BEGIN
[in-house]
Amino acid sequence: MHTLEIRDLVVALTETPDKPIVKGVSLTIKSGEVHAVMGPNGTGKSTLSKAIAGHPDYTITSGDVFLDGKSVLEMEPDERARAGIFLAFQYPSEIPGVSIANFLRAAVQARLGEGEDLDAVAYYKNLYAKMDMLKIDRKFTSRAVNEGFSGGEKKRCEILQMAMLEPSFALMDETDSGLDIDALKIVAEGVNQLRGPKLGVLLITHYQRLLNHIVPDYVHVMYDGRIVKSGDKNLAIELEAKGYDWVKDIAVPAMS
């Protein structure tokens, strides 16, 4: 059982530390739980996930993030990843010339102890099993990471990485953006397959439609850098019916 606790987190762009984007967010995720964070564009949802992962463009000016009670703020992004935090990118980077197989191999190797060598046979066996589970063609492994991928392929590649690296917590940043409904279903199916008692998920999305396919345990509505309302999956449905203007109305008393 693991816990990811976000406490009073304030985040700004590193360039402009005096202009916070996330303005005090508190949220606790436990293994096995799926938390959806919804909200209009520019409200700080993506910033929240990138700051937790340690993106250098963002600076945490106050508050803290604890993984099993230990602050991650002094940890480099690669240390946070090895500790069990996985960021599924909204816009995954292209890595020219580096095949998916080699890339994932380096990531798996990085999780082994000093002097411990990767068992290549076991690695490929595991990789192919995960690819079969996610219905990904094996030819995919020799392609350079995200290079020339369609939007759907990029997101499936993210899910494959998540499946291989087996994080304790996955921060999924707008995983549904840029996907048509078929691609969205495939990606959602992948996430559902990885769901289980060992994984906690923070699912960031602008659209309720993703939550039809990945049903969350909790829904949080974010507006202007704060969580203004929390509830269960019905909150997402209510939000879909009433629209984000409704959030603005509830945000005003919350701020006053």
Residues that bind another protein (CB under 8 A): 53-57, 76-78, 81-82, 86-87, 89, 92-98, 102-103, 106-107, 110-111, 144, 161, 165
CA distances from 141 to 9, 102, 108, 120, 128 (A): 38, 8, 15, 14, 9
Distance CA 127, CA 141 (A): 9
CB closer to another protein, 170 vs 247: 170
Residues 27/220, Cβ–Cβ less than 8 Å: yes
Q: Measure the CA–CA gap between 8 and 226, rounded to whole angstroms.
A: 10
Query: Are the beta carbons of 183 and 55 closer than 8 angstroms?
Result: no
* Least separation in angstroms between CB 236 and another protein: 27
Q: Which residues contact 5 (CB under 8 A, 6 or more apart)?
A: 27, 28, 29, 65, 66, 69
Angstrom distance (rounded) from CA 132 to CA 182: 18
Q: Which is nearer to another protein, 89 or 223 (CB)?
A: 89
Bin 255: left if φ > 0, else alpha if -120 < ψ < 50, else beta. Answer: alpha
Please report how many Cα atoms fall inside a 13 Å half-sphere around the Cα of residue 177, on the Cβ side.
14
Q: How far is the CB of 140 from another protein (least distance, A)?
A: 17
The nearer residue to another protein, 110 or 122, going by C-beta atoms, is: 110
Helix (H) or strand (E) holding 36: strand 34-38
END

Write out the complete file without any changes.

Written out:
[in-house]
Amino acid sequence: MHTLEIRDLVVALTETPDKPIVKGVSLTIKSGEVHAVMGPNGTGKSTLSKAIAGHPDYTITSGDVFLDGKSVLEMEPDERARAGIFLAFQYPSEIPGVSIANFLRAAVQARLGEGEDLDAVAYYKNLYAKMDMLKIDRKFTSRAVNEGFSGGEKKRCEILQMAMLEPSFALMDETDSGLDIDALKIVAEGVNQLRGPKLGVLLITHYQRLLNHIVPDYVHVMYDGRIVKSGDKNLAIELEAKGYDWVKDIAVPAMS
């Protein structure tokens, strides 16, 4: 059982530390739980996930993030990843010339102890099993990471990485953006397959439609850098019916 606790987190762009984007967010995720964070564009949802992962463009000016009670703020992004935090990118980077197989191999190797060598046979066996589970063609492994991928392929590649690296917590940043409904279903199916008692998920999305396919345990509505309302999956449905203007109305008393 693991816990990811976000406490009073304030985040700004590193360039402009005096202009916070996330303005005090508190949220606790436990293994096995799926938390959806919804909200209009520019409200700080993506910033929240990138700051937790340690993106250098963002600076945490106050508050803290604890993984099993230990602050991650002094940890480099690669240390946070090895500790069990996985960021599924909204816009995954292209890595020219580096095949998916080699890339994932380096990531798996990085999780082994000093002097411990990767068992290549076991690695490929595991990789192919995960690819079969996610219905990904094996030819995919020799392609350079995200290079020339369609939007759907990029997101499936993210899910494959998540499946291989087996994080304790996955921060999924707008995983549904840029996907048509078929691609969205495939990606959602992948996430559902990885769901289980060992994984906690923070699912960031602008659209309720993703939550039809990945049903969350909790829904949080974010507006202007704060969580203004929390509830269960019905909150997402209510939000879909009433629209984000409704959030603005509830945000005003919350701020006053």
Residues that bind another protein (CB under 8 A): 53-57, 76-78, 81-82, 86-87, 89, 92-98, 102-103, 106-107, 110-111, 144, 161, 165
CA distances from 141 to 9, 102, 108, 120, 128 (A): 38, 8, 15, 14, 9
Distance CA 127, CA 141 (A): 9
CB closer to another protein, 170 vs 247: 170
Residues 27/220, Cβ–Cβ less than 8 Å: yes
Q: Measure the CA–CA gap between 8 and 226, rounded to whole angstroms.
A: 10
Query: Are the beta carbons of 183 and 55 closer than 8 angstroms?
Result: no
* Least separation in angstroms between CB 236 and another protein: 27
Q: Which residues contact 5 (CB under 8 A, 6 or more apart)?
A: 27, 28, 29, 65, 66, 69
Angstrom distance (rounded) from CA 132 to CA 182: 18
Q: Which is nearer to another protein, 89 or 223 (CB)?
A: 89
Bin 255: left if φ > 0, else alpha if -120 < ψ < 50, else beta. Answer: alpha
Please report how many Cα atoms fall inside a 13 Å half-sphere around the Cα of residue 177, on the Cβ side.
14
Q: How far is the CB of 140 from another protein (least distance, A)?
A: 17
The nearer residue to another protein, 110 or 122, going by C-beta atoms, is: 110
Helix (H) or strand (E) holding 36: strand 34-38